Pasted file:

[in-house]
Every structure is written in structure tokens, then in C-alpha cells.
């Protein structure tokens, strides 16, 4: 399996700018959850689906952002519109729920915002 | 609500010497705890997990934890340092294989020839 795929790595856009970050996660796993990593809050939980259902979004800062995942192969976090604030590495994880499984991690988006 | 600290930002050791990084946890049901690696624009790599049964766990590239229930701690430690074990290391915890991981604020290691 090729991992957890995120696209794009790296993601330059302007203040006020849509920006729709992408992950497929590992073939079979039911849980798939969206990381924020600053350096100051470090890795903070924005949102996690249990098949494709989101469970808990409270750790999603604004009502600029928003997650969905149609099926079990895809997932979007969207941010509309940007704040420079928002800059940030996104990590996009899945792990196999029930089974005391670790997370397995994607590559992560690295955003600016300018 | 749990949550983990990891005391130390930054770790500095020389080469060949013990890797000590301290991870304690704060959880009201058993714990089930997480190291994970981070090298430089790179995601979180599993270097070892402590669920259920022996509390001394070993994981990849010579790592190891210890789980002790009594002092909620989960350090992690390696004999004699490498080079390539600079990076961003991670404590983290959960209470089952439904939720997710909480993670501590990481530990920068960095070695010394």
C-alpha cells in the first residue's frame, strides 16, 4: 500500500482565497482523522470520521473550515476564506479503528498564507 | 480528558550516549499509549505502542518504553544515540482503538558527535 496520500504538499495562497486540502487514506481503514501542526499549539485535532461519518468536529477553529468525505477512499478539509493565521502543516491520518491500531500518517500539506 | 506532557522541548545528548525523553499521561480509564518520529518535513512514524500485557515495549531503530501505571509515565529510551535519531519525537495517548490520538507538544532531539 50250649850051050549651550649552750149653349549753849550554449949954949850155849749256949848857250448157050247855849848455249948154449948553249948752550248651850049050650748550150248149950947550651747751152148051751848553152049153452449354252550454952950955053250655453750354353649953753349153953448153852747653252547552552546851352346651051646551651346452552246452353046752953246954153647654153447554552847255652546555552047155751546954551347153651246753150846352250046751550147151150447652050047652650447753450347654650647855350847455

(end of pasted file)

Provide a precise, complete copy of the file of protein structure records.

[in-house]
Every structure is written in structure tokens, then in C-alpha cells.
């Protein structure tokens, strides 16, 4: 399996700018959850689906952002519109729920915002 | 609500010497705890997990934890340092294989020839 795929790595856009970050996660796993990593809050939980259902979004800062995942192969976090604030590495994880499984991690988006 | 600290930002050791990084946890049901690696624009790599049964766990590239229930701690430690074990290391915890991981604020290691 090729991992957890995120696209794009790296993601330059302007203040006020849509920006729709992408992950497929590992073939079979039911849980798939969206990381924020600053350096100051470090890795903070924005949102996690249990098949494709989101469970808990409270750790999603604004009502600029928003997650969905149609099926079990895809997932979007969207941010509309940007704040420079928002800059940030996104990590996009899945792990196999029930089974005391670790997370397995994607590559992560690295955003600016300018 | 749990949550983990990891005391130390930054770790500095020389080469060949013990890797000590301290991870304690704060959880009201058993714990089930997480190291994970981070090298430089790179995601979180599993270097070892402590669920259920022996509390001394070993994981990849010579790592190891210890789980002790009594002092909620989960350090992690390696004999004699490498080079390539600079990076961003991670404590983290959960209470089952439904939720997710909480993670501590990481530990920068960095070695010394």
C-alpha cells in the first residue's frame, strides 16, 4: 500500500482565497482523522470520521473550515476564506479503528498564507 | 480528558550516549499509549505502542518504553544515540482503538558527535 496520500504538499495562497486540502487514506481503514501542526499549539485535532461519518468536529477553529468525505477512499478539509493565521502543516491520518491500531500518517500539506 | 506532557522541548545528548525523553499521561480509564518520529518535513512514524500485557515495549531503530501505571509515565529510551535519531519525537495517548490520538507538544532531539 50250649850051050549651550649552750149653349549753849550554449949954949850155849749256949848857250448157050247855849848455249948154449948553249948752550248651850049050650748550150248149950947550651747751152148051751848553152049153452449354252550454952950955053250655453750354353649953753349153953448153852747653252547552552546851352346651051646551651346452552246452353046752953246954153647654153447554552847255652546555552047155751546954551347153651246753150846352250046751550147151150447652050047652650447753450347654650647855350847455